Wine Flaws: Oxidation Jamie Goode PhD

Wine Flaws: Oxidation Jamie Goode PhD
Wine has a love-hate relationship with oxygen. Many years ago, no less an authority than Louis
Pasteur described it as the “enemy of wine.” Perhaps this is putting things a bit strongly, because
there are stages in the winemaking process when oxygen is needed, and there are even wines—
Sherry, tawny Port, Vin Jaune, and Madeira, for example—that rely on oxidation as an important
element of their style. Pasteur’s basic point is well taken: once a wine has finished fermenting,
significant exposure to oxygen is usually a bad thing. But we shouldn’t forget that a lack of oxygen
exposure at the appropriate time during fermentation can present its own problems.
Of all wine flaws, oxidation is the easiest to experience. It’s hard to teach someone about “faults,” such
as reduction or Brettanomyces, unless you have examples at hand—and those are not always easy to
find. But if you want to experience oxidation, simply pour a glass from a bottle of wine, reseal the
bottle, and a few days later you’ll have an oxidized wine. Oxidation is also more straightforward than
these other flaws; although there are instances where reduction or “brett” may be considered positive,
when oxidation occurs, unless it’s deliberate (as in the wines listed above), it’s always a fault.
To begin, a bit of wine chemistry. Wine is a complex soup of chemicals, many of which are created by
yeasts during the fermentation process. Any mixture of chemical entities will try to rearrange itself into
the most favorable energetic state. This is the principle of entropy. In simple terms, it means that the
various molecules in wine will swap tiny charged particles called electrons, depending on what is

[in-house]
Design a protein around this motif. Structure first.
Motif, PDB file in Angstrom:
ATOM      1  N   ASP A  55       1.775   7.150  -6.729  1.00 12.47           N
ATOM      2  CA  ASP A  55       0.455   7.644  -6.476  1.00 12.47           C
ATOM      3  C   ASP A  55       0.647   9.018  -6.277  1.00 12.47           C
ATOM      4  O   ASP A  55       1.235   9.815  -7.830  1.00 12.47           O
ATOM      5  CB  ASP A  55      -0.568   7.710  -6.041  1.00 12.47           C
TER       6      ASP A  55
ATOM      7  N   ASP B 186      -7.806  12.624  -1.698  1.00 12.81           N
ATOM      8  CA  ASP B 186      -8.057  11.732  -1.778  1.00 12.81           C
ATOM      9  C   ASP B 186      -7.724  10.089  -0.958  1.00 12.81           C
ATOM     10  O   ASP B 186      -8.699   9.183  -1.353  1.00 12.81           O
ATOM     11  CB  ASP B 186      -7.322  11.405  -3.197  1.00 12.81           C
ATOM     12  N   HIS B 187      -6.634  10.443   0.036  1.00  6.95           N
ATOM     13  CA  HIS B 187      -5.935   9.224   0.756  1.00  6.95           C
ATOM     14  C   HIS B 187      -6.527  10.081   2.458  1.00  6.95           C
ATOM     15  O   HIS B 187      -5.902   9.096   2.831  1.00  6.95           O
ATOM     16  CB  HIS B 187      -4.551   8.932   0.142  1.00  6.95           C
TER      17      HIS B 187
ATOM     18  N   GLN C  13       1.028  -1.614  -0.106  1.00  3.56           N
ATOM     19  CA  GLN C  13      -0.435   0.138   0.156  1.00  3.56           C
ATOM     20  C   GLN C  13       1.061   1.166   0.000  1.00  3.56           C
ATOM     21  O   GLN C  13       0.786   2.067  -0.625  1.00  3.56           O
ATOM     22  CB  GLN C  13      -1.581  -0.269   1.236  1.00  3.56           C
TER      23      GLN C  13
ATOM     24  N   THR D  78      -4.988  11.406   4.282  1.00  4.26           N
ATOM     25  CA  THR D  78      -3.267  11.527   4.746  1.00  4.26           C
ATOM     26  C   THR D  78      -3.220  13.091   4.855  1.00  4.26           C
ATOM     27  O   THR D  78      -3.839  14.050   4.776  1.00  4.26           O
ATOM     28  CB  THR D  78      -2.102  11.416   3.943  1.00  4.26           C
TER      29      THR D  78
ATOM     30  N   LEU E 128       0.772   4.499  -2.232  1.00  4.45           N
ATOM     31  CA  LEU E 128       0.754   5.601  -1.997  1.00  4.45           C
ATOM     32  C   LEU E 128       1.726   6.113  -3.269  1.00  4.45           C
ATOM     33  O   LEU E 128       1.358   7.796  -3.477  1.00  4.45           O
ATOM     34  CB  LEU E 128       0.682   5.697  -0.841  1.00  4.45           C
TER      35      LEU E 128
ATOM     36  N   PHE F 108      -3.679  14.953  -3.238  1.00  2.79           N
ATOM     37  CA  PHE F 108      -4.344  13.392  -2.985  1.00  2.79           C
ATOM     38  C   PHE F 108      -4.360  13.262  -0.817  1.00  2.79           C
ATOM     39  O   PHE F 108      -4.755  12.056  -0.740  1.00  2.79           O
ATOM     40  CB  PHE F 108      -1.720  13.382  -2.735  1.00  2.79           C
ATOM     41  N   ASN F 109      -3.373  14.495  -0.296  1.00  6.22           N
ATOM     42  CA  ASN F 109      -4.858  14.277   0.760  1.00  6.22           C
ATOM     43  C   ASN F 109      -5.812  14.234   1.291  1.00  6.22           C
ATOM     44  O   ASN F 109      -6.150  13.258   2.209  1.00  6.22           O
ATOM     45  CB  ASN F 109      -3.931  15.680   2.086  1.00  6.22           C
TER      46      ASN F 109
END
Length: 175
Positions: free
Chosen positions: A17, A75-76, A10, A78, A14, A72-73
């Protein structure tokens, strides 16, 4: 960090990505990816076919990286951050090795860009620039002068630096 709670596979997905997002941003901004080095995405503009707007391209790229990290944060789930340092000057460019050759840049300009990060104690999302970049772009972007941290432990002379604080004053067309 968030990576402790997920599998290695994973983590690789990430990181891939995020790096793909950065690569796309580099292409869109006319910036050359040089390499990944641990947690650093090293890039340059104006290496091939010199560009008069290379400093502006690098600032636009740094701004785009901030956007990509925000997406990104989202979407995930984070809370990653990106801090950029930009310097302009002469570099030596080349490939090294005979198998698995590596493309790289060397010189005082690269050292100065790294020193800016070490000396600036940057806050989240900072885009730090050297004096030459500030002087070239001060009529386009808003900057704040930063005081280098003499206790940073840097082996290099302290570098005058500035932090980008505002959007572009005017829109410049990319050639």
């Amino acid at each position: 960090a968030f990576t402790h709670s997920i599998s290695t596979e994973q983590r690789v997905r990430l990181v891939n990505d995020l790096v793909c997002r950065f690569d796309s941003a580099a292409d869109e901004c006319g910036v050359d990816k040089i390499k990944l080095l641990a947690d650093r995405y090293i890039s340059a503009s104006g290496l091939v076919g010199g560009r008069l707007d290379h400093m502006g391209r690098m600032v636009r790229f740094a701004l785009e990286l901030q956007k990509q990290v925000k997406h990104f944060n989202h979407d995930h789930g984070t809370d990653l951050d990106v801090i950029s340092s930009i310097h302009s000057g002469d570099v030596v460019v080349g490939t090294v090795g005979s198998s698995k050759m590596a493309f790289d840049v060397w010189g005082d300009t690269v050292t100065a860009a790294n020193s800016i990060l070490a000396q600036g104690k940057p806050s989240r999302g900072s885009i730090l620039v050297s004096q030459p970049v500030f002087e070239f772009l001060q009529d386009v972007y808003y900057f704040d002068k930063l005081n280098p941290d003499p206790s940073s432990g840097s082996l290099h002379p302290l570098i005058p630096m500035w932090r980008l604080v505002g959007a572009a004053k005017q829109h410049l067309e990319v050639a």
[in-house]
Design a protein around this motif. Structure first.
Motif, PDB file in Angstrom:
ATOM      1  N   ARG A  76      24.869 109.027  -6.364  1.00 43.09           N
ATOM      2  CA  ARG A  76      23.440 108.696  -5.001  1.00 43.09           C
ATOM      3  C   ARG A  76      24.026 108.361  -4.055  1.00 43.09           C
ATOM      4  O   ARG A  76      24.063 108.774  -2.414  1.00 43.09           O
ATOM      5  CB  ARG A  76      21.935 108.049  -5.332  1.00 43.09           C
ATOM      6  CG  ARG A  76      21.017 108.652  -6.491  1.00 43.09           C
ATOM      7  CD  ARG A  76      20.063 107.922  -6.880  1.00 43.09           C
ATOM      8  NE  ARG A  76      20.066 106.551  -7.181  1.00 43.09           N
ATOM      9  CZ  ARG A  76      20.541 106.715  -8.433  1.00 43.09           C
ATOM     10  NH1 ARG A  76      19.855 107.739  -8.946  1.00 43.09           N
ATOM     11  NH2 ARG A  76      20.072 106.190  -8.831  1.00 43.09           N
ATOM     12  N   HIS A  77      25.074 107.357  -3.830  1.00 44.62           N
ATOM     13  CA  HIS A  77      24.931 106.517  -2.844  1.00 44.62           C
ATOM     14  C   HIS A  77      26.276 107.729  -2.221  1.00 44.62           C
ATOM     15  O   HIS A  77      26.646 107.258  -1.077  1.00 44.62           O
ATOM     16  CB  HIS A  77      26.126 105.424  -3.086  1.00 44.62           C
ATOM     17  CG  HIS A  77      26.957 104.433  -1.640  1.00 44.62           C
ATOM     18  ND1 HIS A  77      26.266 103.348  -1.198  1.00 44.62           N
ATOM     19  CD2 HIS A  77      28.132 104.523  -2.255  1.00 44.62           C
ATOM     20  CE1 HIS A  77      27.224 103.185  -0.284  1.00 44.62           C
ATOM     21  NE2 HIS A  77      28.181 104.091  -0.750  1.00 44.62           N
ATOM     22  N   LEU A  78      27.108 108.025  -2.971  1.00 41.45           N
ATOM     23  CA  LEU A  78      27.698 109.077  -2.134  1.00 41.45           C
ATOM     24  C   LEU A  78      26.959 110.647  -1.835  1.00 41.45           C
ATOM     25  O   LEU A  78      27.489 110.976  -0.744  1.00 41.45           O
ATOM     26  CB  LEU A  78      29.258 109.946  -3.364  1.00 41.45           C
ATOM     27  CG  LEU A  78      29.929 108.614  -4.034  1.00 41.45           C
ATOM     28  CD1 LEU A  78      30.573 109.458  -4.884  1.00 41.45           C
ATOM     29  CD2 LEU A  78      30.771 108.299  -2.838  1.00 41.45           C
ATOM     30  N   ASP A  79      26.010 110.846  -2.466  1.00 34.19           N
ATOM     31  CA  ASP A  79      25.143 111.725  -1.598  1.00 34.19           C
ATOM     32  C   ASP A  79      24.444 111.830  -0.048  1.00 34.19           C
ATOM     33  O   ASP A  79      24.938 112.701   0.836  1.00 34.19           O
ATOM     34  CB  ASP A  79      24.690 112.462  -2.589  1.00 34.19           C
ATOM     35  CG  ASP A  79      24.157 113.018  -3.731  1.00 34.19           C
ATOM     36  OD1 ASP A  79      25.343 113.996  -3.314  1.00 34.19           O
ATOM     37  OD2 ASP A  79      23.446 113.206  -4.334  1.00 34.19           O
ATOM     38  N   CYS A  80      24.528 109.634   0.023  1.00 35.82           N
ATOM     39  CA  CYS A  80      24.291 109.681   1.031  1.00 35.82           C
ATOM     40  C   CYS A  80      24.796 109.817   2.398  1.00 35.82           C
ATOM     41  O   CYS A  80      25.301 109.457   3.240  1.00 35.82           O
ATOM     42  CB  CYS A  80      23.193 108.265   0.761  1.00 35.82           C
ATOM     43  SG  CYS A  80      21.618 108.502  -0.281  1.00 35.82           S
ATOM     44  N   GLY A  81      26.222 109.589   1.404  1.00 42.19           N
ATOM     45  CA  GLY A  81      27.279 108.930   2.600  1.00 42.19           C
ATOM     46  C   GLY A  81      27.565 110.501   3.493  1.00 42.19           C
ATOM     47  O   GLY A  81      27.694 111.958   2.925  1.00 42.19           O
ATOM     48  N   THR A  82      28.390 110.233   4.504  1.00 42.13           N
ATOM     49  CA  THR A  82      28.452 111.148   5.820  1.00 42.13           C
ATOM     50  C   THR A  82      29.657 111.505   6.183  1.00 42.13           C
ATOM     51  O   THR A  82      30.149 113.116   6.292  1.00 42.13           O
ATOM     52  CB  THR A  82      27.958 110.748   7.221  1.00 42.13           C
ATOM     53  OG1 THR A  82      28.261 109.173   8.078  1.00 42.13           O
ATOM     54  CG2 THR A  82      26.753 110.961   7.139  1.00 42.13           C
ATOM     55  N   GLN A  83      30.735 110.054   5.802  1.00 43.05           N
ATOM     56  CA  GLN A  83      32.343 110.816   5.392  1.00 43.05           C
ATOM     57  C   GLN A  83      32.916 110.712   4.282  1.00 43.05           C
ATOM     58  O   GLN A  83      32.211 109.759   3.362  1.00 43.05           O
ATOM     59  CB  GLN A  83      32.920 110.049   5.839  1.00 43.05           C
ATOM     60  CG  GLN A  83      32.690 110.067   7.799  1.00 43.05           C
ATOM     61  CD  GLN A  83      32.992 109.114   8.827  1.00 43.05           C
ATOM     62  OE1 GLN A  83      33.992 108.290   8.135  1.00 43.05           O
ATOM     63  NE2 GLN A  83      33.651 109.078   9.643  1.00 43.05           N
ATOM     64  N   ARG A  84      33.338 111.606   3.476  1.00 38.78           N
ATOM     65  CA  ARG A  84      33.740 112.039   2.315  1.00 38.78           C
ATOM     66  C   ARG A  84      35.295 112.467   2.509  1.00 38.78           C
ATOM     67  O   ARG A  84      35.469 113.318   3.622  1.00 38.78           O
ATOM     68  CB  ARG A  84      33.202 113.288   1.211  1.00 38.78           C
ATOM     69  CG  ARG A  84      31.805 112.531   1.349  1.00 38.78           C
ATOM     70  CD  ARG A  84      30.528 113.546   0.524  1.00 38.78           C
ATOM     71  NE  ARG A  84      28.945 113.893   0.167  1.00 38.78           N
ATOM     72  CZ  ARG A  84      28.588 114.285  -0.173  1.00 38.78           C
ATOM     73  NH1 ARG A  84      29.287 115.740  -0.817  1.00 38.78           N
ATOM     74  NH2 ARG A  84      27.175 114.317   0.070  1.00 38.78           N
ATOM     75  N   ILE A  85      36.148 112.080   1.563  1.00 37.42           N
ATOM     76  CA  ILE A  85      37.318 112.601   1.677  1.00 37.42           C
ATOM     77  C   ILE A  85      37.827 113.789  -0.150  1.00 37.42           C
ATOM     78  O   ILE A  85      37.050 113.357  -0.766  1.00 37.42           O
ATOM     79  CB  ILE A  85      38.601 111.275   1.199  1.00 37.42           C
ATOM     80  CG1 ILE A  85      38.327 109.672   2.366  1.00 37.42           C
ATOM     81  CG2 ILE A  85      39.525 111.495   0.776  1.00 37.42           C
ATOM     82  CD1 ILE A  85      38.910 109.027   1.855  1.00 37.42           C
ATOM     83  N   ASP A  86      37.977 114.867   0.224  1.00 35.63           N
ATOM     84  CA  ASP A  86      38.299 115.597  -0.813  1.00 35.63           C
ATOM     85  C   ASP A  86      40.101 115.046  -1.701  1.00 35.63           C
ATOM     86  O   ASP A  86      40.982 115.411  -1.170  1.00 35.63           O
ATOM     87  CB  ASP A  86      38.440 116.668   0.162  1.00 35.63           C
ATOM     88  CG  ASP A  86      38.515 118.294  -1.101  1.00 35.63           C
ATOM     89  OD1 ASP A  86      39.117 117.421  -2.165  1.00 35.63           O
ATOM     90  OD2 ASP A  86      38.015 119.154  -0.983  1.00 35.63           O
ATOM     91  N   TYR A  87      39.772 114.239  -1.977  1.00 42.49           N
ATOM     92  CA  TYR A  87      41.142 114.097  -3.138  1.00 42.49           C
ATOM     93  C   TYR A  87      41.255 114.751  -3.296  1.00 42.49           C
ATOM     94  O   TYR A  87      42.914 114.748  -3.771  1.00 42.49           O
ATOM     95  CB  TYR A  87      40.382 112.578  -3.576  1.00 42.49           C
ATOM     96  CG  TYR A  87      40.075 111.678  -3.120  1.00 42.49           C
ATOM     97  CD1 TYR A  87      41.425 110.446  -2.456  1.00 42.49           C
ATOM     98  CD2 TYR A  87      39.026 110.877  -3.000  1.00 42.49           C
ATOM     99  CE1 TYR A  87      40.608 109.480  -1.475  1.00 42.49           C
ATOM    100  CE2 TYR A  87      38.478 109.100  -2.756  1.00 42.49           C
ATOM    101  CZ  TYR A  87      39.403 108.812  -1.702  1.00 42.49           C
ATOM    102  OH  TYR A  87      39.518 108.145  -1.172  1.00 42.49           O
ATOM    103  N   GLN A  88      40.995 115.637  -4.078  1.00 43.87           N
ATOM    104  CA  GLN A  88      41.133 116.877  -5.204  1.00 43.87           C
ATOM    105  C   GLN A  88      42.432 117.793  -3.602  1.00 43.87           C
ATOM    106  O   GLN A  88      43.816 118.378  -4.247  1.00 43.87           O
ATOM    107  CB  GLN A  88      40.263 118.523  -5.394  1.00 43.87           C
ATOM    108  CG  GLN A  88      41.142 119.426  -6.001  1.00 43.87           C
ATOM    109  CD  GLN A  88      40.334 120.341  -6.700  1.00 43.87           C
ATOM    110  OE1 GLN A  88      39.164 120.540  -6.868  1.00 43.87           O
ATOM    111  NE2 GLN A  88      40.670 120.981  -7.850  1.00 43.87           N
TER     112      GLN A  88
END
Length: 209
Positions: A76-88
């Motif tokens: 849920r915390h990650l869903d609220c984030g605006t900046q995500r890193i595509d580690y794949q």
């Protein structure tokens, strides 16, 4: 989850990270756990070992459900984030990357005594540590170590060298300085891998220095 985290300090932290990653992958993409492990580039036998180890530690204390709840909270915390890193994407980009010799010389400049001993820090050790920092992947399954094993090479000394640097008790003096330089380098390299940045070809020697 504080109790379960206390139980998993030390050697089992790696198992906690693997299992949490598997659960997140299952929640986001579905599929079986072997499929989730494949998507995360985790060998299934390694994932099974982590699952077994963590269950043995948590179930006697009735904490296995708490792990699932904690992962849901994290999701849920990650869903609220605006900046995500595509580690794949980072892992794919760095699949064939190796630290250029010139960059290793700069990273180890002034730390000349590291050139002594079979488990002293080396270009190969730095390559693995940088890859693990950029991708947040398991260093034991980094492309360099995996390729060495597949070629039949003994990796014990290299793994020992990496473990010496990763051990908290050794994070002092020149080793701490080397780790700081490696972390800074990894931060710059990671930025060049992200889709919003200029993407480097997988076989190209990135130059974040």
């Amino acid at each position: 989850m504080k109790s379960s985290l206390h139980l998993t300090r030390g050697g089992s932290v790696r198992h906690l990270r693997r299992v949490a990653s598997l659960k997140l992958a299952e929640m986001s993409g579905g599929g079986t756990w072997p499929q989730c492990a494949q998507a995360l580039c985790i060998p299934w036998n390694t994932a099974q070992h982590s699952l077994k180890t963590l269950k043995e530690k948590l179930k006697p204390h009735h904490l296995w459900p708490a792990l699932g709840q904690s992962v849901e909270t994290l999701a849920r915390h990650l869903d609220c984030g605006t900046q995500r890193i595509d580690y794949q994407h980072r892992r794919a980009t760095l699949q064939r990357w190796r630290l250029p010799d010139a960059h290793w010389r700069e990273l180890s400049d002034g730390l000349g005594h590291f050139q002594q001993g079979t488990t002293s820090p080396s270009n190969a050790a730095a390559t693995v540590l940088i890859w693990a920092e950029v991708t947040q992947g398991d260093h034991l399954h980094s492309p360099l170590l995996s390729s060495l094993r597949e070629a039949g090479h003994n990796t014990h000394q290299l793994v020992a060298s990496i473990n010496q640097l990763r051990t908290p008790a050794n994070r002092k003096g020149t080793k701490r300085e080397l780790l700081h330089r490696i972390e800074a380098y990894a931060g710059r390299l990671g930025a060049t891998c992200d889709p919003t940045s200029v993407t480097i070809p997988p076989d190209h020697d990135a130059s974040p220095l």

known as the redox state of the wine. In any chemical reaction between two partners, one entity gains
electrons (in other words, is reduced), while the other loses them (is oxidized). Because these
processes occur in tandem, it follows that you don’t always need to have oxygen present for oxidation
to occur.
As I explained in my previous article on reduction, the redox potential of a particular wine determines
the state of its component molecules that is most energetically favorable. Since the redox potential
changes according to how much oxygen the wine is exposed to, redox potential will be lowest in
bottled wine and highest in barrels after topping up and stirring. It will also be lower in wines sealed by
closures with less oxygen transmission (such as tin-lined screwcaps) than in those sealed by closures
with greater gas transmission (such as synthetic corks). Exposure to air results in a rise in the redox
potential; in this process, oxygen becomes dissolved in the wine, where it can fuel oxidation reactions.
Now it gets more complicated. Oxygen, which is often assumed to be highly reactive, doesn’t actually
react directly with wine, but requires an oxidizing agent. This could be a metal catalyst, a phenolic
compound, or a photosensitizer, according to wine chemist George Skouroumounis of the Australian
Wine Research Institute, who specializes in the interaction of wine and oxygen. Roger Boulton of the
University of California-Davis explains, “As a wine is exposed to oxygen, the key initial reaction is the
oxidation of monomeric phenols with a special reactive group to form hydrogen peroxide.” Because
hydrogen peroxide is extremely reactive, it goes on to interact with other wine components. “The
peroxide can be consumed by a number of other reactions,” says Boulton, “either being quenched by
tannins and other phenols or forming acetaldehyde by reaction with ethanol.”
Acetaldehyde is an important molecule in the oxidation of wine. Also known as ethanal, it’s the
oxidation product of alcohol. Acetaldehyde has an aroma often likened to that of fresh-cut apples, and